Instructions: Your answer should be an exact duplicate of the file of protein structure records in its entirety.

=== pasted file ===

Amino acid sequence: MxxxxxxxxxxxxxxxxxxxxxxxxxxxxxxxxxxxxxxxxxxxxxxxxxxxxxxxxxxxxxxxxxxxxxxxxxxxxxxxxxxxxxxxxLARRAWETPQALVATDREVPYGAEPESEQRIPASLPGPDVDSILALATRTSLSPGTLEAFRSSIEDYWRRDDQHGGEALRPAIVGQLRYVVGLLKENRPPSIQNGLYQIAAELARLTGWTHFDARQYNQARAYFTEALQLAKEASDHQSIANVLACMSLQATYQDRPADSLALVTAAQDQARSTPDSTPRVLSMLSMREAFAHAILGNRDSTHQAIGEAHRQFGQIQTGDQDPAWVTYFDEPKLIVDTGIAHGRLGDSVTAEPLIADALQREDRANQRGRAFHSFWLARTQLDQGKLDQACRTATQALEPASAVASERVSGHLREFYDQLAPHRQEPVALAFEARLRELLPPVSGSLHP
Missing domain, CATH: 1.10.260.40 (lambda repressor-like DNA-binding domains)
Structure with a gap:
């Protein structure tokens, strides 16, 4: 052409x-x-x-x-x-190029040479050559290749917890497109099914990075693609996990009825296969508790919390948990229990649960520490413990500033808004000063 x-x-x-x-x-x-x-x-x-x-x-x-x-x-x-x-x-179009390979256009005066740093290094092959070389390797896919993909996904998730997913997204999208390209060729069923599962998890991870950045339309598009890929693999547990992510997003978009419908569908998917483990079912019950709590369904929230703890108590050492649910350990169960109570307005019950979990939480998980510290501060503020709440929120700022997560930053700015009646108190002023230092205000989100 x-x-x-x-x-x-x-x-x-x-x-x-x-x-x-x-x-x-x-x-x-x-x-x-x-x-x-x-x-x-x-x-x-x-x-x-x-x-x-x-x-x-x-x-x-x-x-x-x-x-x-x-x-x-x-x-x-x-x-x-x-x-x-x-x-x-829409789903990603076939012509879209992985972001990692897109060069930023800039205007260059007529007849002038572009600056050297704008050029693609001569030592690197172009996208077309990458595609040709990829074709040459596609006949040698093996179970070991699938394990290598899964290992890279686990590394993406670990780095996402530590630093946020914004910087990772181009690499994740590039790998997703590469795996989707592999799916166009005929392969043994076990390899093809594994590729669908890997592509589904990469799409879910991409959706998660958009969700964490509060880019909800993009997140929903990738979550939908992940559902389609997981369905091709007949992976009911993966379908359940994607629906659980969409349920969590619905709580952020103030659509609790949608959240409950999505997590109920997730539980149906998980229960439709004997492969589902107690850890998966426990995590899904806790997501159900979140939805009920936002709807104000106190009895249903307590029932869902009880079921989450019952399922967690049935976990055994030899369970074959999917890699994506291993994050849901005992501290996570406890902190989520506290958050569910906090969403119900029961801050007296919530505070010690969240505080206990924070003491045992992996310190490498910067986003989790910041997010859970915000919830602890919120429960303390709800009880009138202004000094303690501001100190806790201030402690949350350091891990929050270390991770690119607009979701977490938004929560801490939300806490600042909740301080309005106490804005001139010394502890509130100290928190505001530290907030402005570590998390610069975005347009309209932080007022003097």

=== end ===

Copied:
Amino acid sequence: MxxxxxxxxxxxxxxxxxxxxxxxxxxxxxxxxxxxxxxxxxxxxxxxxxxxxxxxxxxxxxxxxxxxxxxxxxxxxxxxxxxxxxxxxLARRAWETPQALVATDREVPYGAEPESEQRIPASLPGPDVDSILALATRTSLSPGTLEAFRSSIEDYWRRDDQHGGEALRPAIVGQLRYVVGLLKENRPPSIQNGLYQIAAELARLTGWTHFDARQYNQARAYFTEALQLAKEASDHQSIANVLACMSLQATYQDRPADSLALVTAAQDQARSTPDSTPRVLSMLSMREAFAHAILGNRDSTHQAIGEAHRQFGQIQTGDQDPAWVTYFDEPKLIVDTGIAHGRLGDSVTAEPLIADALQREDRANQRGRAFHSFWLARTQLDQGKLDQACRTATQALEPASAVASERVSGHLREFYDQLAPHRQEPVALAFEARLRELLPPVSGSLHP
Missing domain, CATH: 1.10.260.40 (lambda repressor-like DNA-binding domains)
Structure with a gap:
């Protein structure tokens, strides 16, 4: 052409x-x-x-x-x-190029040479050559290749917890497109099914990075693609996990009825296969508790919390948990229990649960520490413990500033808004000063 x-x-x-x-x-x-x-x-x-x-x-x-x-x-x-x-x-179009390979256009005066740093290094092959070389390797896919993909996904998730997913997204999208390209060729069923599962998890991870950045339309598009890929693999547990992510997003978009419908569908998917483990079912019950709590369904929230703890108590050492649910350990169960109570307005019950979990939480998980510290501060503020709440929120700022997560930053700015009646108190002023230092205000989100 x-x-x-x-x-x-x-x-x-x-x-x-x-x-x-x-x-x-x-x-x-x-x-x-x-x-x-x-x-x-x-x-x-x-x-x-x-x-x-x-x-x-x-x-x-x-x-x-x-x-x-x-x-x-x-x-x-x-x-x-x-x-x-x-x-x-829409789903990603076939012509879209992985972001990692897109060069930023800039205007260059007529007849002038572009600056050297704008050029693609001569030592690197172009996208077309990458595609040709990829074709040459596609006949040698093996179970070991699938394990290598899964290992890279686990590394993406670990780095996402530590630093946020914004910087990772181009690499994740590039790998997703590469795996989707592999799916166009005929392969043994076990390899093809594994590729669908890997592509589904990469799409879910991409959706998660958009969700964490509060880019909800993009997140929903990738979550939908992940559902389609997981369905091709007949992976009911993966379908359940994607629906659980969409349920969590619905709580952020103030659509609790949608959240409950999505997590109920997730539980149906998980229960439709004997492969589902107690850890998966426990995590899904806790997501159900979140939805009920936002709807104000106190009895249903307590029932869902009880079921989450019952399922967690049935976990055994030899369970074959999917890699994506291993994050849901005992501290996570406890902190989520506290958050569910906090969403119900029961801050007296919530505070010690969240505080206990924070003491045992992996310190490498910067986003989790910041997010859970915000919830602890919120429960303390709800009880009138202004000094303690501001100190806790201030402690949350350091891990929050270390991770690119607009979701977490938004929560801490939300806490600042909740301080309005106490804005001139010394502890509130100290928190505001530290907030402005570590998390610069975005347009309209932080007022003097």